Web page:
Monday, February 22, 2016

Black Is Black: In Which Dr. Inkenstein Does Coronas

Dr. Inkenstein is not particularly a black ink aficionado. Oh, sure, we are familiar with Lamy Black in carts. It's black. It works in my red Lamy Safari with a Fine nib. As I say, it's black. So, too, with Platinum black carts and the Preppy .03 and .02. They write black.

I recall buying my first bottle of used (beg pardon, 'previously owned') Montblanc ink on fleabay. Yay! I thought; I'm significant now! I own an ink bottle shaped like a shoe!

It was black. It wrote black. And so on and so forth, until I had acquired a couple more bottles of black ink, all of which

But then something interesting happened. Seeing a review of PR Velvet Black, and being impressed with the brilliant corona produced by dropping it on a paper towel, Dr. I did a series of paper towel chromas, with four bottled blacks. The results were not what I expected. The Levenger Raven Black 

The others were a surprise, and far more colorful. Now I the Montblanc even a black? It sure writes like one. Waterman and Quink seemed very close in color components, but in daylight, and not scannage, Quink's corona was slightly more intense orange. Still, I don't think any of them were as much of a rainbow as the PR Velvet!  Which clearly will be coming to my ink shelf soon.

Monday, February 8, 2016

InkBlots: In Which Dr. Inkenstein Visits The Princess and the Peas

In keeping with the recent Ink-Testing theme, Dr. Inkenstein has lined up all available bottles of green ink, ignoring the many test tubes, uhm, sample vials in the Ink Storehouse.

Fifteen green inks? Really? That's too many. Isn't it? 

Some of these green inks look gray (Noodler's BGG, JH Vert Empire, MB Jonathan Swift). Some look brown (Stipula Musk, I'm talking to you!) and at least one looks like a highlighter ink. There are pea greens, spinach leaves, and evergreens.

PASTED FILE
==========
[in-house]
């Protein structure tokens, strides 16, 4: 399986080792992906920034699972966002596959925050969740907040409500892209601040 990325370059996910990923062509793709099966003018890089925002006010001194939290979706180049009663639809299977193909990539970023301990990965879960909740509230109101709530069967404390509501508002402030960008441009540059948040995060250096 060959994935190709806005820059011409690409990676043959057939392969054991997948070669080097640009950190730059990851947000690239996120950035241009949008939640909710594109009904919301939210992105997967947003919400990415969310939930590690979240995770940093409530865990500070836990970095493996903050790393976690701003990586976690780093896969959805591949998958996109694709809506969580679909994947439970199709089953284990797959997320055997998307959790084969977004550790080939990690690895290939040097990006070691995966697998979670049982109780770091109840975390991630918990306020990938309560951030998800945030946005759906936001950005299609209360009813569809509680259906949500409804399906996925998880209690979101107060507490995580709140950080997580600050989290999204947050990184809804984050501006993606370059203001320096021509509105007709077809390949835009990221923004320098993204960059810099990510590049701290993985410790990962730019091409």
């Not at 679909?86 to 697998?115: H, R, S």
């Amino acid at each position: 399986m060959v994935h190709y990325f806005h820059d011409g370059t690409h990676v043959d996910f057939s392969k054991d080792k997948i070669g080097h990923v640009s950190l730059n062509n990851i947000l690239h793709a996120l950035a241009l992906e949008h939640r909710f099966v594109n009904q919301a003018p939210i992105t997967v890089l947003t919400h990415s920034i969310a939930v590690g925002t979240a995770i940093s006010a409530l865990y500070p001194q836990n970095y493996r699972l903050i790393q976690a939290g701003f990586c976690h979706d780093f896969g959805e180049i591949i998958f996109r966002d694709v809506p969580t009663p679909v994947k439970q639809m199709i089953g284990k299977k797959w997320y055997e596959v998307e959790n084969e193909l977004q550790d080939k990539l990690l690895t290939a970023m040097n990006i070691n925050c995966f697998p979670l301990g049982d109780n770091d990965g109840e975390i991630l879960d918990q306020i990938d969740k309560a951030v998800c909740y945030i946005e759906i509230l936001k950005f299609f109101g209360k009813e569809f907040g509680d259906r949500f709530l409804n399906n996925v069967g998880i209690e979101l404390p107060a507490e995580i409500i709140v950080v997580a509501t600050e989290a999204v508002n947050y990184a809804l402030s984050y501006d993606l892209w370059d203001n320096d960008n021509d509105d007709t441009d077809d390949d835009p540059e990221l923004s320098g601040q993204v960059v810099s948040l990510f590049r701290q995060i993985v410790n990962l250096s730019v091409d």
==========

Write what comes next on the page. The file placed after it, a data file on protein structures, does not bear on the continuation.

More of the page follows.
Noodler's BGG is the only true waterproof ink I know. It also forms little indelible particles of varnish in the ink sac, and, if you're supremely lucky, also the feed. It is kept in a Hero 329. For ever. Even then, it gets cleaned out a lot. Another feature of BGG is that you can dilute it as much as 90 percent with water, and it will still be legible.

Apart from the Hero/BGG combo, the MB Irish Green is in a green Pilot Metropolitan Retro Pop, M nib.
All other inks were dip-tested with a glass pen. The test paper is Rhodia ice.

It's tough to pick a favorite, even among the similar blue-ish-y-toned greens like Skrip, Waterman, JH Verte Reseda, and Levenger Gemstone. Oooo...I know...I need another green. From Iroshizuku, maybe.

Monday, February 1, 2016

Turquoise: In Which Dr. Inkenstein Asks, Which Sky's The Limit?

Dr. Iinkenstein is admittedly ink-fussy. This one is too thick. This one is too dry. But is there one that's 'just right?'

After complaining I was unable to tell one turquoise ink from another without a score card, I tested a few...well, all...of my turquoise inks. Although two of them, the Iroshizuku Ama-Iro and the Diamine Steel Blue, were mere sample vials.

All the tests except those two were done with a glass dip pen. The Steel Blue was loaded in a Dollar Demonstrator. And even though I have MORE than enough Turquoise inks,the Ama-Iro has such wonderful flow properties when tested in a Metro Retro that I may spring for a bottle.

The Pelikan swab looks much darker than it should because I took it from the cap, where it had partially dried, but it also displays the most sheen of any turquoise ink tested. Sparkle, even! 

The Souten seems bluest, the Steel Blue greenest. The Ku-Jaku is indescribable and undefinable.  The paper: Rhodia Ice.

Still can't decide on a favorite.